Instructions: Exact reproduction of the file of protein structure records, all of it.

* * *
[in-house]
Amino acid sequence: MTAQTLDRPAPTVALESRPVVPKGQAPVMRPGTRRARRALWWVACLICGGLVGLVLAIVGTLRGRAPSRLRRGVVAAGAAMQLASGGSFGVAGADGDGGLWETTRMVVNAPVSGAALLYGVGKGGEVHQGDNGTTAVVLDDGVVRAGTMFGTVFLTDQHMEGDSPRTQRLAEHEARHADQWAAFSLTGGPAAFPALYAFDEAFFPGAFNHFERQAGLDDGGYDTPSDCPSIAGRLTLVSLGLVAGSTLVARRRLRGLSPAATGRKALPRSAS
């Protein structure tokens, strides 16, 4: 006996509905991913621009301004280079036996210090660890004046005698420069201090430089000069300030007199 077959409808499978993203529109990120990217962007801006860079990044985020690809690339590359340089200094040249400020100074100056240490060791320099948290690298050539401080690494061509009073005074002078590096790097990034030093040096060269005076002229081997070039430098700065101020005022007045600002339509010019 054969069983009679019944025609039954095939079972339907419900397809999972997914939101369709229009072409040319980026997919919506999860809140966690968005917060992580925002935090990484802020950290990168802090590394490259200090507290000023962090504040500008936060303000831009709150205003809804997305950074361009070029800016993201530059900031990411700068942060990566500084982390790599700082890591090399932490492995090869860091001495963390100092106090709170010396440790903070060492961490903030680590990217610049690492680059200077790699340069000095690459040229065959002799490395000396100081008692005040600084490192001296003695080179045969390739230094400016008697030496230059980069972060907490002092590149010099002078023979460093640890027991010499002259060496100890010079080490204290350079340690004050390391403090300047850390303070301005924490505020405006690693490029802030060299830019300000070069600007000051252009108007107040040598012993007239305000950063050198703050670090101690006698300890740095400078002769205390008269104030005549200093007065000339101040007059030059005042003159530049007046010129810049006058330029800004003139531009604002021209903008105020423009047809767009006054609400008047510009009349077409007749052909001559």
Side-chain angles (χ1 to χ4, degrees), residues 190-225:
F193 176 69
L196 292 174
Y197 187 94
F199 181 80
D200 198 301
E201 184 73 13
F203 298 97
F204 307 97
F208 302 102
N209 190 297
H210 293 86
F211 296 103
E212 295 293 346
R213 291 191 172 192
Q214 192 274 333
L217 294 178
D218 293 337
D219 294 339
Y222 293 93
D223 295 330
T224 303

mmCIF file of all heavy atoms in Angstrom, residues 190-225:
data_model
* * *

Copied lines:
[in-house]
Amino acid sequence: MTAQTLDRPAPTVALESRPVVPKGQAPVMRPGTRRARRALWWVACLICGGLVGLVLAIVGTLRGRAPSRLRRGVVAAGAAMQLASGGSFGVAGADGDGGLWETTRMVVNAPVSGAALLYGVGKGGEVHQGDNGTTAVVLDDGVVRAGTMFGTVFLTDQHMEGDSPRTQRLAEHEARHADQWAAFSLTGGPAAFPALYAFDEAFFPGAFNHFERQAGLDDGGYDTPSDCPSIAGRLTLVSLGLVAGSTLVARRRLRGLSPAATGRKALPRSAS
């Protein structure tokens, strides 16, 4: 006996509905991913621009301004280079036996210090660890004046005698420069201090430089000069300030007199 077959409808499978993203529109990120990217962007801006860079990044985020690809690339590359340089200094040249400020100074100056240490060791320099948290690298050539401080690494061509009073005074002078590096790097990034030093040096060269005076002229081997070039430098700065101020005022007045600002339509010019 054969069983009679019944025609039954095939079972339907419900397809999972997914939101369709229009072409040319980026997919919506999860809140966690968005917060992580925002935090990484802020950290990168802090590394490259200090507290000023962090504040500008936060303000831009709150205003809804997305950074361009070029800016993201530059900031990411700068942060990566500084982390790599700082890591090399932490492995090869860091001495963390100092106090709170010396440790903070060492961490903030680590990217610049690492680059200077790699340069000095690459040229065959002799490395000396100081008692005040600084490192001296003695080179045969390739230094400016008697030496230059980069972060907490002092590149010099002078023979460093640890027991010499002259060496100890010079080490204290350079340690004050390391403090300047850390303070301005924490505020405006690693490029802030060299830019300000070069600007000051252009108007107040040598012993007239305000950063050198703050670090101690006698300890740095400078002769205390008269104030005549200093007065000339101040007059030059005042003159530049007046010129810049006058330029800004003139531009604002021209903008105020423009047809767009006054609400008047510009009349077409007749052909001559």
Side-chain angles (χ1 to χ4, degrees), residues 190-225:
F193 176 69
L196 292 174
Y197 187 94
F199 181 80
D200 198 301
E201 184 73 13
F203 298 97
F204 307 97
F208 302 102
N209 190 297
H210 293 86
F211 296 103
E212 295 293 346
R213 291 191 172 192
Q214 192 274 333
L217 294 178
D218 293 337
D219 294 339
Y222 293 93
D223 295 330
T224 303

mmCIF file of all heavy atoms in Angstrom, residues 190-225:
data_model